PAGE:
December 30, 2016
Allegations over Russia and Iran’s deepening ties with the Taliban have ignited concerns of a renewed “Great Game” of proxy warfare in Afghanistan that could undermine US-backed troops and push the country deeper into turmoil.
Moscow and Tehran insist their contact with insurgents is aimed at promoting regional security, but local and US officials who are already frustrated with Pakistan’s perceived double-dealing in Afghanistan have expressed bitter scepticism.
Washington’s long-time nemesis Iran is accused of covertly aiding the Taliban, and Russia is back to what observers call Cold War shenanigans to derail US gains at a time when uncertainty reigns over President-elect Donald Trump’s Afghanistan policy.
Russia has officially provided military hardware for Afghan forces, but simultaneously propped up the Taliban with arms, official and insurgent sources say ©NOORULLAH SHIRZADA (POOL/AFP/File)
“(Russia’s) narrative goes something like this: that the Taliban are the ones fighting Islamic State,” top US commander in Afghanistan John Nicholson said recently, denouncing the “malign influence” of external powers.
“This public legitimacy that Russia lends to the Taliban is not based on fact, but it is used as a way to essentially undermine the Afghan government and the NATO effort and bolster the belligerents.
“Shifting to Iran, you have a similar situation. There have been linkages between the Iranians and the Taliban.”
Russia has officially provided military helicopters for Afghan forces, but simultaneously propped up the Taliban with arms, official and insurgent sources say.
“We are particularly concerned about loads of Russian-made weapons recently seized from areas on the border with Tajikistan,” a senior Afghan security official told AFP.
“Cross-border support for the Taliban will further complicate the security situation in Afghanistan’s north.”
A Taliban commander told AFP the Russian support had helped the insurgents overrun the northern city of Kunduz in October for the second time in a year.
Taliban representatives in recent months have also held several meetings with Russian officials in Tajikistan and Moscow, sources say.
“No country should be in touch with destructive groups who are the enemies of Afghanistan. This shows disrespect towards the victims of war,” interior ministry spokesman Sediq Siddiqi told AFP.
“We ask Russia and Iran to work with Afghans to defeat terrorism.”
– ‘Great fear’ –
Western diplomats in Kabul have privately voiced alarm that Russia is quietly filling its embassy ranks with Soviet era “old-timers” well versed in Cold War tactics, as relations with Washington turn sour over the conflicts in Syria and Ukraine.
And this week Kabul vented fury over a summit between Russia, China and Pakistan in Moscow which agreed on a “flexible approach” to remove certain Taliban figures from sanctions lists.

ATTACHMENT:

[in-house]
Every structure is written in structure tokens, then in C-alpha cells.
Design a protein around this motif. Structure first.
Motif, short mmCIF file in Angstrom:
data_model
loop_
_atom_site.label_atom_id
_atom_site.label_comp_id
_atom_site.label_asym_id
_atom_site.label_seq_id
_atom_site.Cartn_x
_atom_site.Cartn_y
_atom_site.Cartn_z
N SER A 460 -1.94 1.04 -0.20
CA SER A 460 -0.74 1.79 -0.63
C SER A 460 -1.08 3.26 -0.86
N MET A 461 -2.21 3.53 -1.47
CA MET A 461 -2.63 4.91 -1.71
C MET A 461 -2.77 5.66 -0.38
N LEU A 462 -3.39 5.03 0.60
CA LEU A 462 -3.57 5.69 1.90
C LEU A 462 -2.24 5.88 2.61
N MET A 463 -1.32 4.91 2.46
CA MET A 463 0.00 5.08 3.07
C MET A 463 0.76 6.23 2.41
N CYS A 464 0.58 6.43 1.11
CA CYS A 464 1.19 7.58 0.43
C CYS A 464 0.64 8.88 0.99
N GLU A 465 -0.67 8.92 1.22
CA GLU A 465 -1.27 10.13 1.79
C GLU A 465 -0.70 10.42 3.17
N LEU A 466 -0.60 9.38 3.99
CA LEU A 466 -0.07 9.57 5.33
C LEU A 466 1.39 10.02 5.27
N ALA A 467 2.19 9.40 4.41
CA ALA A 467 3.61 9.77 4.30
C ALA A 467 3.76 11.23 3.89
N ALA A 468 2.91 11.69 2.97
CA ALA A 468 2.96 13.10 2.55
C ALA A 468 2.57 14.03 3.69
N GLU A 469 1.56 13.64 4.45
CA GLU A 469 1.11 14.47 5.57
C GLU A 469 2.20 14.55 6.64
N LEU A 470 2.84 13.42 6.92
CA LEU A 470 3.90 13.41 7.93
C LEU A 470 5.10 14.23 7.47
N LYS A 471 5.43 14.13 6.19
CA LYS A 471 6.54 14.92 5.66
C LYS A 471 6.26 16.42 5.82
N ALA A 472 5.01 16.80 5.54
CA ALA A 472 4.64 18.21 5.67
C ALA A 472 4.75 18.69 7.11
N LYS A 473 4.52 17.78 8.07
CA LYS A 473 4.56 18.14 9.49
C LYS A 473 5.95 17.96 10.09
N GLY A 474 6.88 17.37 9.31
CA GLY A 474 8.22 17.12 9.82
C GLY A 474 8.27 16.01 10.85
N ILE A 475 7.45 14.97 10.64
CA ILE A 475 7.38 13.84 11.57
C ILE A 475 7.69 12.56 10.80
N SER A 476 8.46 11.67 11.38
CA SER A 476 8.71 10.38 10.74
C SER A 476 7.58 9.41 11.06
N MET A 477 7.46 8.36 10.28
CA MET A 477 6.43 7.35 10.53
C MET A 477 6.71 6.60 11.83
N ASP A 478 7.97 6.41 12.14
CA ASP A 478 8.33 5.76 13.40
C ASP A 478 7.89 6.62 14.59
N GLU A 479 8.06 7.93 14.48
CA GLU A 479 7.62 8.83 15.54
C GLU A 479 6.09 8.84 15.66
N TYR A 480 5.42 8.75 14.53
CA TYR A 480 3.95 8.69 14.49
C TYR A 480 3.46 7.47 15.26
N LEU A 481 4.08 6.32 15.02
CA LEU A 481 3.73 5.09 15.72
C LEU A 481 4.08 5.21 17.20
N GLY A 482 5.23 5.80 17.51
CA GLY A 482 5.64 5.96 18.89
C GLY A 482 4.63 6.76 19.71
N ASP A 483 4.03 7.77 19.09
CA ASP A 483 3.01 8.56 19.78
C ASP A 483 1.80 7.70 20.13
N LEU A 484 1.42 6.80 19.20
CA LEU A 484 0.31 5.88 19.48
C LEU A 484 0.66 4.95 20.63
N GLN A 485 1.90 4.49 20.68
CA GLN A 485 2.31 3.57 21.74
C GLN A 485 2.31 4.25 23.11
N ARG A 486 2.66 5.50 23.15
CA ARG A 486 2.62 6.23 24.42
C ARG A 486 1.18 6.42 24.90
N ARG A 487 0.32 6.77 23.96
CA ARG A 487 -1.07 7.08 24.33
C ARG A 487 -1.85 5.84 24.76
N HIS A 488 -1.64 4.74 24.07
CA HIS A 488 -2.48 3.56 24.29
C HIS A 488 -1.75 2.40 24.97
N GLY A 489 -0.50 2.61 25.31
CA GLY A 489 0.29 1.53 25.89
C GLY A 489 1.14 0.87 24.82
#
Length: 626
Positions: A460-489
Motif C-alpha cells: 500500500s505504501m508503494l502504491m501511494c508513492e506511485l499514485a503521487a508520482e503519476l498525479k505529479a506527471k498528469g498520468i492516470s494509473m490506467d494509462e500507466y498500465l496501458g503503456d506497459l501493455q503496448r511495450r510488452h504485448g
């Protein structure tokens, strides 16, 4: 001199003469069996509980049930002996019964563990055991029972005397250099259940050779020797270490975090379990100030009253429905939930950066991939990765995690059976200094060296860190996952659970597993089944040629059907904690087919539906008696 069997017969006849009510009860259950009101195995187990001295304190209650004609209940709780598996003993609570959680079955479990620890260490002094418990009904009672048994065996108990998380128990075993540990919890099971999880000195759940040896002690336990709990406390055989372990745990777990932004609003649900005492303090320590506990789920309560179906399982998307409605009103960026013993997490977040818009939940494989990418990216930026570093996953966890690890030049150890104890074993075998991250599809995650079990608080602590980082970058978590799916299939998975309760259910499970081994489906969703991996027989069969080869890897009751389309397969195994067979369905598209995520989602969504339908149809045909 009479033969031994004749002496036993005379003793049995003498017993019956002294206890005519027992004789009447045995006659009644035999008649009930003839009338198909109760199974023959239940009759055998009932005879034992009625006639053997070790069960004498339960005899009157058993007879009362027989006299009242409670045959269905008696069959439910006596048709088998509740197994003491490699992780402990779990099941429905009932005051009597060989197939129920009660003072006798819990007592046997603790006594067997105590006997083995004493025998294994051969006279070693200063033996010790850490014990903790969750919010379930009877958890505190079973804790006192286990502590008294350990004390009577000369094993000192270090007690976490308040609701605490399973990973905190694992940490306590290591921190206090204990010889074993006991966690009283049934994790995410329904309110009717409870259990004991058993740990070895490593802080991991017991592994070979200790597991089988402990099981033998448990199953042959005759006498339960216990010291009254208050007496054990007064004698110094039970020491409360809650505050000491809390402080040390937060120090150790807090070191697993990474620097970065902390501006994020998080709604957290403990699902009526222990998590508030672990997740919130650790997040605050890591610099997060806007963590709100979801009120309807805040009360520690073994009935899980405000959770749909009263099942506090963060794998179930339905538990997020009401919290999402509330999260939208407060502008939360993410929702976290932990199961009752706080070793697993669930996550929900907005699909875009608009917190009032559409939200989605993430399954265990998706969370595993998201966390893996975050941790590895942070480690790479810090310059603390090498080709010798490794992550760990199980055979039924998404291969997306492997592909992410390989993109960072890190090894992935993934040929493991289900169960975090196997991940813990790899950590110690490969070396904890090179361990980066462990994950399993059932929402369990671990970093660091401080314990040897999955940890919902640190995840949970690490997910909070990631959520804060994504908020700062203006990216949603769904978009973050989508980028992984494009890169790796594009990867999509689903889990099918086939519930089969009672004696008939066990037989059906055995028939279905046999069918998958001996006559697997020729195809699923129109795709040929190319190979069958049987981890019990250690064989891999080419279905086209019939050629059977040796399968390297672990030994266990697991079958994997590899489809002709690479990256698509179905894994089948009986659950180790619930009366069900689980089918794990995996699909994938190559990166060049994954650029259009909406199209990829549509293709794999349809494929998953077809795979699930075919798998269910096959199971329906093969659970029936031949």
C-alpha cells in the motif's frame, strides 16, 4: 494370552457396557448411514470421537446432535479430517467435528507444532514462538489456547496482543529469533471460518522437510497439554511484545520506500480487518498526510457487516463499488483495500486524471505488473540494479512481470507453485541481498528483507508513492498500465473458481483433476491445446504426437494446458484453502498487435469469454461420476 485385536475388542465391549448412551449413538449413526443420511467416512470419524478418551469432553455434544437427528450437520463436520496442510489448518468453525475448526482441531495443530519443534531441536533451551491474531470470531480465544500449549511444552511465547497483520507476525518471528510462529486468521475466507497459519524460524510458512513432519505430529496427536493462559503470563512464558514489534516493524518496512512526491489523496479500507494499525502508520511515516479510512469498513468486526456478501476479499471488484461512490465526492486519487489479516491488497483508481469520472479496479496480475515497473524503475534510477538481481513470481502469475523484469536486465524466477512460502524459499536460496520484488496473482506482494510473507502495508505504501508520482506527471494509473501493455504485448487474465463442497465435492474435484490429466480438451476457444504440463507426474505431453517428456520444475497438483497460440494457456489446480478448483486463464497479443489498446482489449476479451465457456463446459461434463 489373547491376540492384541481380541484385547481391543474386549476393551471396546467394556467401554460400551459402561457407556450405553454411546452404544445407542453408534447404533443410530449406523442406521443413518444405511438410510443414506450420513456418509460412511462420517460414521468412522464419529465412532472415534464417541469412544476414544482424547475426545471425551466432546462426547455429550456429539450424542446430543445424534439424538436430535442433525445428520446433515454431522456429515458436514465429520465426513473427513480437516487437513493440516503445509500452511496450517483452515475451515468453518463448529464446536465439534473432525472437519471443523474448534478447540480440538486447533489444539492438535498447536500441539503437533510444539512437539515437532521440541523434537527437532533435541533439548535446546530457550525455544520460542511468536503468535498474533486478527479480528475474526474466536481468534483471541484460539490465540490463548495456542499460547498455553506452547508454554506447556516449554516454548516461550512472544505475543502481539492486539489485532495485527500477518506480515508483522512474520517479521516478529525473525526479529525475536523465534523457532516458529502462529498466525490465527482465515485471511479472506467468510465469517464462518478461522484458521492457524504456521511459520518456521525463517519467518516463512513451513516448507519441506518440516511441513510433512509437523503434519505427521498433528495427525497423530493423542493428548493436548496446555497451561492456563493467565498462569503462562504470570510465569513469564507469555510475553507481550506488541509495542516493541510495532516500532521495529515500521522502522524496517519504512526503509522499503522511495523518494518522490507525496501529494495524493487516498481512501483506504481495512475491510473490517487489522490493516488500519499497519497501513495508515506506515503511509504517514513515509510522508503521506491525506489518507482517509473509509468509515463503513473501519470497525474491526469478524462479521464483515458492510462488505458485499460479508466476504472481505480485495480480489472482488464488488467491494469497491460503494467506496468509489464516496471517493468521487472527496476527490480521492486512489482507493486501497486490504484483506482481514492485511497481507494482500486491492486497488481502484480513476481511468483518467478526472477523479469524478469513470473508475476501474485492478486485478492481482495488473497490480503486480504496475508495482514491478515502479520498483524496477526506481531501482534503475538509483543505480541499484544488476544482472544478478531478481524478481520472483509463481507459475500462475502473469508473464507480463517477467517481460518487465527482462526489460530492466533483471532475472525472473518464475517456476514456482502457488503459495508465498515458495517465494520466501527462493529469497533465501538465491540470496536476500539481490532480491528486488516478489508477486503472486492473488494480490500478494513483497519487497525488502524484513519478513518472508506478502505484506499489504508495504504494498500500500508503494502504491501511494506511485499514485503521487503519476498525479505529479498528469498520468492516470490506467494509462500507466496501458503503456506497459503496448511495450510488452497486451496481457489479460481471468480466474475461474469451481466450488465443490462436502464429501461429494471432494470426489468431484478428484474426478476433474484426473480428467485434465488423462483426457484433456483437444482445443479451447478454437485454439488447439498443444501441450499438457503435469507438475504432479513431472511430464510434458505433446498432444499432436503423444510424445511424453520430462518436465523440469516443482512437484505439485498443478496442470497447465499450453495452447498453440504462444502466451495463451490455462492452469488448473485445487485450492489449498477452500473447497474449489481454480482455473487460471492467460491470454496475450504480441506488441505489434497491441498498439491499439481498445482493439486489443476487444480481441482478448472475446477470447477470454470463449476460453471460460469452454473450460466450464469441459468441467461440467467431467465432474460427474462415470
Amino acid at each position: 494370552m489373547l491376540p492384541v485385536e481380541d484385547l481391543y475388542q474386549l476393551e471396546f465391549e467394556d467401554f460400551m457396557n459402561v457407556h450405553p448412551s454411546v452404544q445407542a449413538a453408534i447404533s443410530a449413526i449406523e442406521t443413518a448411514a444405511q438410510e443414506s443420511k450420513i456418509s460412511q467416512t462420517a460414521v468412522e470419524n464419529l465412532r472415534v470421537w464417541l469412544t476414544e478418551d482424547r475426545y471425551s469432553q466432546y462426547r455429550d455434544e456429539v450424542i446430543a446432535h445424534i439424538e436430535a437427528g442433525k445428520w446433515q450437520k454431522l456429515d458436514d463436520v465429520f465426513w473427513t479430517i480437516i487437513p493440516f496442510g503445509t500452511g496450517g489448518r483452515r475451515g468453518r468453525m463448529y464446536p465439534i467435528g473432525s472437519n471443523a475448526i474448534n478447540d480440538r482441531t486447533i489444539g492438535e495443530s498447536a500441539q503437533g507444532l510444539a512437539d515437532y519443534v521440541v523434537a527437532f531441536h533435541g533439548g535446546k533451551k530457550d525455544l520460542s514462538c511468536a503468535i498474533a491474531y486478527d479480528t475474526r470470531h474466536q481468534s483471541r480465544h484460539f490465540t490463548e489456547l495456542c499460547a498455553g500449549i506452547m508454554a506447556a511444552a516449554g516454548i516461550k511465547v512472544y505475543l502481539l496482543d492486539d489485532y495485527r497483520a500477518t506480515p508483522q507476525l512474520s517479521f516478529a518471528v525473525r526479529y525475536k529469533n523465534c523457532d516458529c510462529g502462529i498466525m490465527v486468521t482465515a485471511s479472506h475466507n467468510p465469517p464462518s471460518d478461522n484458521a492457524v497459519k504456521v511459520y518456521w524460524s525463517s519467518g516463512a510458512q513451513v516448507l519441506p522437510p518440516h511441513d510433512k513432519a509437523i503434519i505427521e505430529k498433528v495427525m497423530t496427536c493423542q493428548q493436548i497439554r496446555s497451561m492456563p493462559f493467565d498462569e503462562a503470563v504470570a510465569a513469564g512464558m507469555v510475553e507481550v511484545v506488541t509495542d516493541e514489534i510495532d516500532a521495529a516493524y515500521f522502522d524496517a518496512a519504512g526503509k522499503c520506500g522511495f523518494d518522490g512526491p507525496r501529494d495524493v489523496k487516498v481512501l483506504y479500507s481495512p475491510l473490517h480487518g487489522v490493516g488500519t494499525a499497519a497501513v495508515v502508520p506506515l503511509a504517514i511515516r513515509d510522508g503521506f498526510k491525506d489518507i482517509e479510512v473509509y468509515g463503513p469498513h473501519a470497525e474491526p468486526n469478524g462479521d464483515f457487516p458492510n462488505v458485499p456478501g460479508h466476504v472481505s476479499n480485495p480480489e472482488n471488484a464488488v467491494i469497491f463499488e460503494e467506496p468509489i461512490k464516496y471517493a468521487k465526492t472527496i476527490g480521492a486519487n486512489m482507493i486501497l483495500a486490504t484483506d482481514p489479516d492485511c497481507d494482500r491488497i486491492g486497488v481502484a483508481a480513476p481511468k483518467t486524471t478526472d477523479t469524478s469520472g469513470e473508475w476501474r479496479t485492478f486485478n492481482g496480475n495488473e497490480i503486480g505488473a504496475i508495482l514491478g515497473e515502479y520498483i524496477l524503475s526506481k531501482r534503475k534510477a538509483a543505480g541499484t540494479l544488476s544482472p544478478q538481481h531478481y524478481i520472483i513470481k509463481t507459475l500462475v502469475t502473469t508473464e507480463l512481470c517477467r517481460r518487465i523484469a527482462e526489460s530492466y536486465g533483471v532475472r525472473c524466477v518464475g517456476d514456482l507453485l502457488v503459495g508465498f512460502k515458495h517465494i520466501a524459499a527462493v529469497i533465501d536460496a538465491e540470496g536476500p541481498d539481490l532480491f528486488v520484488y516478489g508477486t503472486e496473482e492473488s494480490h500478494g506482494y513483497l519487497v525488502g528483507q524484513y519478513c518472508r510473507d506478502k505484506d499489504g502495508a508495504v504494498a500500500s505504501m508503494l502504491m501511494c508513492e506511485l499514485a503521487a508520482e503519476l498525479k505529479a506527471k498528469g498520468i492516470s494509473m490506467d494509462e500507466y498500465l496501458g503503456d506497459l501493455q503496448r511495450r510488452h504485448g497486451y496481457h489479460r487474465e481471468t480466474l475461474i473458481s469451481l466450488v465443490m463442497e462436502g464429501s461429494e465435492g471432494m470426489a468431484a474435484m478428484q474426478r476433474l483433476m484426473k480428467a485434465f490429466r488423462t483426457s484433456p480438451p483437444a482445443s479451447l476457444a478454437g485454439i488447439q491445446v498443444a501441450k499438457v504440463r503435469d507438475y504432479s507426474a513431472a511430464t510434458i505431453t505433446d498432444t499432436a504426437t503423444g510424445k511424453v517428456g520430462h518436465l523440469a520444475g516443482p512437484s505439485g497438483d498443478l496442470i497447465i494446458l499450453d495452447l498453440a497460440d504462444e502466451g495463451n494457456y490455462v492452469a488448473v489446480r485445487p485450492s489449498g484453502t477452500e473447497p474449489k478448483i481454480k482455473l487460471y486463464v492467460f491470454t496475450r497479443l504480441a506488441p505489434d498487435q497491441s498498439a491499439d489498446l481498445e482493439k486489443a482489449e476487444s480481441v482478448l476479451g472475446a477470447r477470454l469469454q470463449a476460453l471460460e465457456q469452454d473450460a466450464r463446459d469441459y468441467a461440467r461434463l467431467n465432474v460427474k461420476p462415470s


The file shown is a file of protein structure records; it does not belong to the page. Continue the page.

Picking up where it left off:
Alexander Mantytskiy, Russia’s ambassador to Kabul, insists engagement with the insurgents is benign.
“We have ties with the Taliban to ensure the security of our political offices, consulates and the security of central Asia,” he told reporters this month.
Lashing out at NATO, he added the allegations against Russia were an effort to distract attention from the worsening conflict and “put the blame for their failures on our shoulders”.
Some observers agree that Russian and Iranian concerns over Islamic State jihadists cannot be dismissed lightly.
“Islamic State may not have a deep presence in Afghanistan, but it has developed a profile there and its overall brand inspires great fear,” Michael Kugelman, an analyst at the Woodrow Wilson Center in Washington, told AFP.
“We can’t rule out the possibility that Russia and Iran are trying to hedge against the future possibility of a stronger Islamic State in Afghanistan by expanding their ties to the Taliban.”
– Playground for superpowers –
Afghanistan has long been used as a chessboard for proxy battles — from the 19th century “Great Game” of rivalry between Britain and Russia to the US funnelling weapons through Pakistan to Afghan rebels fighting Soviet forces in the 1980s.
It has also served as a proxy war playground for nuclear-armed rivals India and Pakistan, which is also accused of playing a “double game” by endorsing Washington’s war on terrorism while providing sanctuary to the Taliban.
Superpowers jockeying for supremacy in Afghanistan could sow further chaos amid the unpredictability of Trump’s foreign policy, analysts say.
Trump has given surprisingly few details on how he will tackle America’s longest war.
“Russia is waiting to see the next US move when Trump takes over,” said Kabul-based analyst Ahmad Saeedi.
“If Trump chooses to scale back the US presence, then the Russians will be eager to fill the gap.”
As for Iran, many in Tehran fear that a potentially hawkish White House under Trump will try to scrap its landmark nuclear deal with world powers, pushing them to retaliate by deepening ties with the Taliban.
“Foreign powers fighting for their own self interest does not bode well for Afghanistan,” said Saeedi. “That only means more violence and bloodshed in the country.”
Suspected Islamic State (IS) and Taliban militants are paraded in front of the media in Jalalabad, Afghanistan in early December ©NOORULLAH SHIRZADA (AFP/File)
Afghanistan has long been used for proxy battles — from the 19th century “Great Game” of rivalry between Britain and Russia to the US funnelling weapons through Pakistan to Afghan rebels fighting Soviet forces in the 1980s ©SHAH MARAI (AFP/File)